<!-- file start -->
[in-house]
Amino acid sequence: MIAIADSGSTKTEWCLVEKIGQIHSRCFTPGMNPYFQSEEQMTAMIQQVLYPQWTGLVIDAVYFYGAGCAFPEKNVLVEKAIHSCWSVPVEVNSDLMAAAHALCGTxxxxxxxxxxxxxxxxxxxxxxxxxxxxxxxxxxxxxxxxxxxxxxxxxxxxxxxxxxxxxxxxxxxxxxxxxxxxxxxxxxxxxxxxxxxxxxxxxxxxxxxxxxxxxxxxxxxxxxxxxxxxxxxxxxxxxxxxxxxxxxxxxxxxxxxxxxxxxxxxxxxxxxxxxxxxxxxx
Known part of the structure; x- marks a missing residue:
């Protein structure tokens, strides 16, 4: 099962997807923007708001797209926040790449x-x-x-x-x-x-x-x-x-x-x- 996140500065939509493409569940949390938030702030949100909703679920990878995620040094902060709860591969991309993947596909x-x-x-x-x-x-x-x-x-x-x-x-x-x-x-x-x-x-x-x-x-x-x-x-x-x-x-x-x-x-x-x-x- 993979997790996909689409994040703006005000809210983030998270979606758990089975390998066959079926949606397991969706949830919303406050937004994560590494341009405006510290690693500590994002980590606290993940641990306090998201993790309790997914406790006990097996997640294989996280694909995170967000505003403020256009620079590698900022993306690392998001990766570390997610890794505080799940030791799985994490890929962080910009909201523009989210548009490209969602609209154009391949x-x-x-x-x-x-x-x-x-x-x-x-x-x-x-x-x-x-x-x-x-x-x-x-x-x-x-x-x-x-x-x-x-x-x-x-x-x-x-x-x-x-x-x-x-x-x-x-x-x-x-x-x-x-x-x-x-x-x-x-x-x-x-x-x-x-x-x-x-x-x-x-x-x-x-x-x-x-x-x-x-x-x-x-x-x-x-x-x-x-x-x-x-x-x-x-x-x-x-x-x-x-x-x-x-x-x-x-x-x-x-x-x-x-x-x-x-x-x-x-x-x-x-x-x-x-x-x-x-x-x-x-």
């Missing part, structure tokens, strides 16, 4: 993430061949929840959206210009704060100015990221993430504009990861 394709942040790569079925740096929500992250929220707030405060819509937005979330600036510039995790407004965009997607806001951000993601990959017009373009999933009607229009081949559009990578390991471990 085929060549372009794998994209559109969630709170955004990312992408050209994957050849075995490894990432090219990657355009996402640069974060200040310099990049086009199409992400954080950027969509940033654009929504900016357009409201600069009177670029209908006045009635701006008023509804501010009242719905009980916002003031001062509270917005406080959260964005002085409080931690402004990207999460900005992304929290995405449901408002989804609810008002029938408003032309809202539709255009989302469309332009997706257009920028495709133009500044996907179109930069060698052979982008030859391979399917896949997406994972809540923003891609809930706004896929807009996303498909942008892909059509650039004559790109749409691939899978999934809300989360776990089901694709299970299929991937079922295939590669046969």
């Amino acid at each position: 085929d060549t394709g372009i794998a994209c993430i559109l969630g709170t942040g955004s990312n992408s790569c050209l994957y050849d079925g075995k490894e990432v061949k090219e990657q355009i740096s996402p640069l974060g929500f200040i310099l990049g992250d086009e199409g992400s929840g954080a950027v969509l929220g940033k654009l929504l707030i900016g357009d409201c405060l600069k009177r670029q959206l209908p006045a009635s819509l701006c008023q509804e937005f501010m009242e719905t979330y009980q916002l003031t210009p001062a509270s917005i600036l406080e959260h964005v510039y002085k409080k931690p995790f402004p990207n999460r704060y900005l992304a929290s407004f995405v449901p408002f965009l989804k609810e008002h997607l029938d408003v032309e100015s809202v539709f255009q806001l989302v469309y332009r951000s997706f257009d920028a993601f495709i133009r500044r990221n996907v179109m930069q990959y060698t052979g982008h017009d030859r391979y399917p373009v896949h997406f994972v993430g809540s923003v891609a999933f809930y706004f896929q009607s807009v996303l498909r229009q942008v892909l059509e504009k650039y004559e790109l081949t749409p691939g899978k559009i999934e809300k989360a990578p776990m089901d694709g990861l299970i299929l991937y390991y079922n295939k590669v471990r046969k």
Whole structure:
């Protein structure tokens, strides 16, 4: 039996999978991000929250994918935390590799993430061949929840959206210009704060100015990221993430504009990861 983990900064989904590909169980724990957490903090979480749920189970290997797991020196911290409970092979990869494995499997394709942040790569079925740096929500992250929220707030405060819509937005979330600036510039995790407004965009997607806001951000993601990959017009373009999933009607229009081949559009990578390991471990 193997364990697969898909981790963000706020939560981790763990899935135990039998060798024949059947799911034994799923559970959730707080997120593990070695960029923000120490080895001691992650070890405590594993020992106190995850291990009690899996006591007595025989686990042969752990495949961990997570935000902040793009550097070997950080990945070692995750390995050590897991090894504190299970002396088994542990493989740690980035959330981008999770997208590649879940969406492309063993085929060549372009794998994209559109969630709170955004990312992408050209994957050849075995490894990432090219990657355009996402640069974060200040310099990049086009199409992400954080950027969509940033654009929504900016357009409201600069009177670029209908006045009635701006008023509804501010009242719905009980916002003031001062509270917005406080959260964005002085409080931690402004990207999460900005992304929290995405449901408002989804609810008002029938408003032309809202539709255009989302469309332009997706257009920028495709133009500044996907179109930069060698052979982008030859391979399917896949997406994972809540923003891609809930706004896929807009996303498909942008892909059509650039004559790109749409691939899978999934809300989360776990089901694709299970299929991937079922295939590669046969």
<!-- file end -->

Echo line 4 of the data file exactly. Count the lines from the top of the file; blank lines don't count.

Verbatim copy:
């Protein structure tokens, strides 16, 4: 099962997807923007708001797209926040790449x-x-x-x-x-x-x-x-x-x-x- 996140500065939509493409569940949390938030702030949100909703679920990878995620040094902060709860591969991309993947596909x-x-x-x-x-x-x-x-x-x-x-x-x-x-x-x-x-x-x-x-x-x-x-x-x-x-x-x-x-x-x-x-x- 993979997790996909689409994040703006005000809210983030998270979606758990089975390998066959079926949606397991969706949830919303406050937004994560590494341009405006510290690693500590994002980590606290993940641990306090998201993790309790997914406790006990097996997640294989996280694909995170967000505003403020256009620079590698900022993306690392998001990766570390997610890794505080799940030791799985994490890929962080910009909201523009989210548009490209969602609209154009391949x-x-x-x-x-x-x-x-x-x-x-x-x-x-x-x-x-x-x-x-x-x-x-x-x-x-x-x-x-x-x-x-x-x-x-x-x-x-x-x-x-x-x-x-x-x-x-x-x-x-x-x-x-x-x-x-x-x-x-x-x-x-x-x-x-x-x-x-x-x-x-x-x-x-x-x-x-x-x-x-x-x-x-x-x-x-x-x-x-x-x-x-x-x-x-x-x-x-x-x-x-x-x-x-x-x-x-x-x-x-x-x-x-x-x-x-x-x-x-x-x-x-x-x-x-x-x-x-x-x-x-x-």